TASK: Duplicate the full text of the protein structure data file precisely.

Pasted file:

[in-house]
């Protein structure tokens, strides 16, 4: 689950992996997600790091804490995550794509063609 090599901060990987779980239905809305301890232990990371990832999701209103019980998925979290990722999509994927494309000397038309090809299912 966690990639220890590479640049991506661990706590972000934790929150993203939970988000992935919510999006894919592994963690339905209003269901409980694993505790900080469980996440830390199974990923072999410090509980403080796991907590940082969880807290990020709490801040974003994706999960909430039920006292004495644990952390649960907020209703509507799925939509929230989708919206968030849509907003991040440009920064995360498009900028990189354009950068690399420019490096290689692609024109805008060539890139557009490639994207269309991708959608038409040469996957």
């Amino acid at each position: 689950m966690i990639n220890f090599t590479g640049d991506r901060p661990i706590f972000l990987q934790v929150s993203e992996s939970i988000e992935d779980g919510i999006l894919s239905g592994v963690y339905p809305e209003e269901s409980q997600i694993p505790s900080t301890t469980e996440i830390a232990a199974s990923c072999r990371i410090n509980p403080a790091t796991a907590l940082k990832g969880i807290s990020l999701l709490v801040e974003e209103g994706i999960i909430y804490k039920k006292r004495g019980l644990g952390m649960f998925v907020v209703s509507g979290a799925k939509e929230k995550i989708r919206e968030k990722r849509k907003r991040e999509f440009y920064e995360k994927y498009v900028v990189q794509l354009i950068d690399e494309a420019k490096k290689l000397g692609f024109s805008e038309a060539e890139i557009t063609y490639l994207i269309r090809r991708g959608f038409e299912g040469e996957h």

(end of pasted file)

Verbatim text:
[in-house]
């Protein structure tokens, strides 16, 4: 689950992996997600790091804490995550794509063609 090599901060990987779980239905809305301890232990990371990832999701209103019980998925979290990722999509994927494309000397038309090809299912 966690990639220890590479640049991506661990706590972000934790929150993203939970988000992935919510999006894919592994963690339905209003269901409980694993505790900080469980996440830390199974990923072999410090509980403080796991907590940082969880807290990020709490801040974003994706999960909430039920006292004495644990952390649960907020209703509507799925939509929230989708919206968030849509907003991040440009920064995360498009900028990189354009950068690399420019490096290689692609024109805008060539890139557009490639994207269309991708959608038409040469996957």
């Amino acid at each position: 689950m966690i990639n220890f090599t590479g640049d991506r901060p661990i706590f972000l990987q934790v929150s993203e992996s939970i988000e992935d779980g919510i999006l894919s239905g592994v963690y339905p809305e209003e269901s409980q997600i694993p505790s900080t301890t469980e996440i830390a232990a199974s990923c072999r990371i410090n509980p403080a790091t796991a907590l940082k990832g969880i807290s990020l999701l709490v801040e974003e209103g994706i999960i909430y804490k039920k006292r004495g019980l644990g952390m649960f998925v907020v209703s509507g979290a799925k939509e929230k995550i989708r919206e968030k990722r849509k907003r991040e999509f440009y920064e995360k994927y498009v900028v990189q794509l354009i950068d690399e494309a420019k490096k290689l000397g692609f024109s805008e038309a060539e890139i557009t063609y490639l994207i269309r090809r991708g959608f038409e299912g040469e996957h």